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Rep *****.
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5. Where are the batteries situated?
They are positioned under the fuel tank.


I'm sure its a safe system but that would always be in the back of my mind.
 

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Mehpic
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firstrax said:
5. Where are the batteries situated?
They are positioned under the fuel tank.


I'm sure its a safe system but that would always be in the back of my mind.
that one shocked me as well- wasnt there a better possible location?

these cars are designed to fly appart during crashes as to dissipate energy so that the driver doesnt get hurt, so, again, why under the fuel tank?
 

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(not a real racer)
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482 Posts
Looks pretty cool but knowing F1 the rules for using it would change ever year or so and you'd have to bring your car in to have it changed out for the latest revision. Of course you'd have to pay Bernie E. in order to use it.
 

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Two scoops of inertia.
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529 Posts
lol. Michael Schumacher and Ferrari effectively killed that sport. The FIA put so many regulations up just to put an end to that dominance that now it looks like it's riding a slippery slope to becoming nothing more than the euro version of CART. What's the point?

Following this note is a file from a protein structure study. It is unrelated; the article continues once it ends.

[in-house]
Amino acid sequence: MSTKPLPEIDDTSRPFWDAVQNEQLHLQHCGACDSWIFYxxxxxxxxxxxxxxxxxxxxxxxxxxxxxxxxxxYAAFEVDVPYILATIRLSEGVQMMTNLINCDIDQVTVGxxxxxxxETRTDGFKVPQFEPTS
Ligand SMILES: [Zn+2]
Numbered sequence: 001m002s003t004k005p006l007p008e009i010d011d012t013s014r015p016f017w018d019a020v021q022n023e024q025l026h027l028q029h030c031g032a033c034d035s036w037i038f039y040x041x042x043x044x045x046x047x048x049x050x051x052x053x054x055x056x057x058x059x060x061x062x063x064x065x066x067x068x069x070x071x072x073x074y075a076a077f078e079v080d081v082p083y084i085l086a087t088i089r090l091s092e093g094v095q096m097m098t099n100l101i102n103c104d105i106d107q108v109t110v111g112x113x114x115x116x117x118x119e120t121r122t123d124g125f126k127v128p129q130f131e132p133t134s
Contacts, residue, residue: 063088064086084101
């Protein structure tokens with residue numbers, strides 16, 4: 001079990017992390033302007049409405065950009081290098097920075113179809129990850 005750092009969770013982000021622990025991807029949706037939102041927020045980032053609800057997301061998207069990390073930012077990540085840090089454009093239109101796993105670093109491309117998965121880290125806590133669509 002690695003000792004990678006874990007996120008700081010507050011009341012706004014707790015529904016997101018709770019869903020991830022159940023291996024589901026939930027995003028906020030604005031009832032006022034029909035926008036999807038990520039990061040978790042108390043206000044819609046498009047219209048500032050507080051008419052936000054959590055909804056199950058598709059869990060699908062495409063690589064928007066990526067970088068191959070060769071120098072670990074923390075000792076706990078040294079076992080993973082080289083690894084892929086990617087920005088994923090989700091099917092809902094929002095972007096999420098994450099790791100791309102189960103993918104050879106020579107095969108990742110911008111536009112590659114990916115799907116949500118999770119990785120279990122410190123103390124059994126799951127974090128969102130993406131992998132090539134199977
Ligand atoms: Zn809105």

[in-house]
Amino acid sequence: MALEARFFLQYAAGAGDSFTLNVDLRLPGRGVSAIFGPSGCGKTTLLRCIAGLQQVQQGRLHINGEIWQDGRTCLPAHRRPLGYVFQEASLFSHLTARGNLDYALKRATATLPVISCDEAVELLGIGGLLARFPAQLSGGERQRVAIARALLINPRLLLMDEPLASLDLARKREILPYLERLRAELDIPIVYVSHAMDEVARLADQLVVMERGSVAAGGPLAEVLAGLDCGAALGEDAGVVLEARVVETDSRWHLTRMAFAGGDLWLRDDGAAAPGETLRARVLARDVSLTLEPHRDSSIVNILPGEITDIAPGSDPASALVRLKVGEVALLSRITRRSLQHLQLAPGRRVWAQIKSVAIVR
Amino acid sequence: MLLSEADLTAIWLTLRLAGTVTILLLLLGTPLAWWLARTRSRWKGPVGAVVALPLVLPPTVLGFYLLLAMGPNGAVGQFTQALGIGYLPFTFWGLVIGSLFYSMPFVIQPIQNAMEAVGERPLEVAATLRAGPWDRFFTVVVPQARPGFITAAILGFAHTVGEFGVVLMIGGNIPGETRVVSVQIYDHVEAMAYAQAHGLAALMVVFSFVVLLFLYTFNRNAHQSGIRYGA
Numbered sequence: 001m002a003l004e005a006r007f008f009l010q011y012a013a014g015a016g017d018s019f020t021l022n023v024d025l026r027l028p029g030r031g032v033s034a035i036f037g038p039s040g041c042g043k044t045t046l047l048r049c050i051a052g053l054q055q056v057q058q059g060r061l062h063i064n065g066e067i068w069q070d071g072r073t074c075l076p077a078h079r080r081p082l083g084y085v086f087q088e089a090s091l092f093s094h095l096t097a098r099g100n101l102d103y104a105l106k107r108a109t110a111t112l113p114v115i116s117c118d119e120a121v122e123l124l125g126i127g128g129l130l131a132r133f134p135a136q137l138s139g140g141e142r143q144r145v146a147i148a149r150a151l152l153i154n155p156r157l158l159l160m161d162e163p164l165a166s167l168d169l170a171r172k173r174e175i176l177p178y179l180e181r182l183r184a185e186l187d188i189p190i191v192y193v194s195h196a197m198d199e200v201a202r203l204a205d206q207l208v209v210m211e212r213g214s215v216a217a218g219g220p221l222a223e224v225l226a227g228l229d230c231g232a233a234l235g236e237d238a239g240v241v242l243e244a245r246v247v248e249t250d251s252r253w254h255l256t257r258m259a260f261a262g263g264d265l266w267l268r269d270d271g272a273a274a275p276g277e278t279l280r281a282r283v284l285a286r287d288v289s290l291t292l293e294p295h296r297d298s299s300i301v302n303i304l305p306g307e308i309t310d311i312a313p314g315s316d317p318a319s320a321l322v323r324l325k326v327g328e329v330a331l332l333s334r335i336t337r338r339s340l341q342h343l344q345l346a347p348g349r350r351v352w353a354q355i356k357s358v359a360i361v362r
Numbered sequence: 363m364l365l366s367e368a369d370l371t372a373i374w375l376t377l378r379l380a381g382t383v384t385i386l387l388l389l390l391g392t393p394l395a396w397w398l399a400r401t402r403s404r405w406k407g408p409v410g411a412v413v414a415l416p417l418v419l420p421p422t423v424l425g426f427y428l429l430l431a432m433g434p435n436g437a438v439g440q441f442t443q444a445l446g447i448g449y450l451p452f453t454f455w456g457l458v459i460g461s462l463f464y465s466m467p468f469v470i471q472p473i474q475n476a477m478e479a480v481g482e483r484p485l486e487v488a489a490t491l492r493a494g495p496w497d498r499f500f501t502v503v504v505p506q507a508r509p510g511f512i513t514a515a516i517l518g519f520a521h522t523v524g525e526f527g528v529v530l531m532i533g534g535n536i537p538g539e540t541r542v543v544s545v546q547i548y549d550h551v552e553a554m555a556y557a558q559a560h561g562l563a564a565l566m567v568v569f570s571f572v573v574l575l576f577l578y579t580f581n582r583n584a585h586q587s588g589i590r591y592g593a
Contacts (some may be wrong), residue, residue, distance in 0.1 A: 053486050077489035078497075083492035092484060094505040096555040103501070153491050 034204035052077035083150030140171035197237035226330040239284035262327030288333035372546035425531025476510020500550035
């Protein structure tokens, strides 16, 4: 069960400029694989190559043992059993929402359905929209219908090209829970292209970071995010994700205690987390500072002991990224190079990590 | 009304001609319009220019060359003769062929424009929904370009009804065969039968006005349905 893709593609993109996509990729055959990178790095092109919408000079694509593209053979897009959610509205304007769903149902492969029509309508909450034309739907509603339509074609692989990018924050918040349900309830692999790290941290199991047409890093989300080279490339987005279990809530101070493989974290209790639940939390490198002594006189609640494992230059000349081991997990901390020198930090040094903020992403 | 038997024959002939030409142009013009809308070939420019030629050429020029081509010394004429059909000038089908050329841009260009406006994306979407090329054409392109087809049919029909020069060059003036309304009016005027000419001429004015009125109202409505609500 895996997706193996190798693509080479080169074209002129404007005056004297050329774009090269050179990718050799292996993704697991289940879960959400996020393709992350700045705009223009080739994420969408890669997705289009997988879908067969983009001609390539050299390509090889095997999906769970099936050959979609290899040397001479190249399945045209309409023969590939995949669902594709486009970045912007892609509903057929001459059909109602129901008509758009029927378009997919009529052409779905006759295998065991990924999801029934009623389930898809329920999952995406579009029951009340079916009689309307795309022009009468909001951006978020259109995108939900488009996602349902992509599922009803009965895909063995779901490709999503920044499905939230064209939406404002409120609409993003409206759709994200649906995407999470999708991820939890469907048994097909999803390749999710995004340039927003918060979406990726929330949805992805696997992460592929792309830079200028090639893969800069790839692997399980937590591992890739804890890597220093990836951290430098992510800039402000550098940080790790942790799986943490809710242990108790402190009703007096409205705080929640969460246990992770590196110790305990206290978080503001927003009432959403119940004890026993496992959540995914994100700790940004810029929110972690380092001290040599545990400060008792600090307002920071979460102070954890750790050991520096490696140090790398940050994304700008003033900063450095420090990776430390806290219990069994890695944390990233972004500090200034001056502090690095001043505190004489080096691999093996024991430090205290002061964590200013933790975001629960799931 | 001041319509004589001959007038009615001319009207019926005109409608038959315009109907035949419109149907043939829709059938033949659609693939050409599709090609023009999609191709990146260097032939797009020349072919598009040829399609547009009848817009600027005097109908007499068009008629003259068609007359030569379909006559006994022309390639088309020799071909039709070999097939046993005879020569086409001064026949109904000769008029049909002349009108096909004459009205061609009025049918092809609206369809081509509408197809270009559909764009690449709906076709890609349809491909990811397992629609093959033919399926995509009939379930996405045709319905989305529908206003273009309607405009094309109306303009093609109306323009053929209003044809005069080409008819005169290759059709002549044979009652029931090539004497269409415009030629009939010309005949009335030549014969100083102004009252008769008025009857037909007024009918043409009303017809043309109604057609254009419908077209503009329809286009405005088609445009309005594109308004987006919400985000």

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Lemur-ing
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18,987 Posts
F1 rule changes are effin retarded as of late.

Driver with the most wins gets the championship? Sure, make the season over by the time half the races have taken place perhaps.

It's gettig to a point of ridiculousness now. Why not just make them drive soap boxes?
 

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Gruntled
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That's cool. I've long thought all cars should have something similar - why waste all that energy during braking?

A cool racing concept (IMHO) would be to have cars with no engines, only the KERS, tow them up to 100mph at the start and then see who could complete the most laps.

Yes, this is my idea of "cool". Yes, I'm a nerd.
 

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your text here
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isnt this kinda like the prius? i know the hybrid cars dont jolt that much hp, but getting juice from braking is the same, right? it seems in teh F1 case it is used more as a "nos"
button, though.

and seeing that the battery was under the fuel tank freaked me a bit, too. they also mentioned the might put the cells under the drivers legs. that might be a safer option.
 

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Failboat Captian
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Intersting. I think they should make them full-up electric only. That way, advances in technology would really be able to translate into consumer markets.
 

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Two scoops of inertia.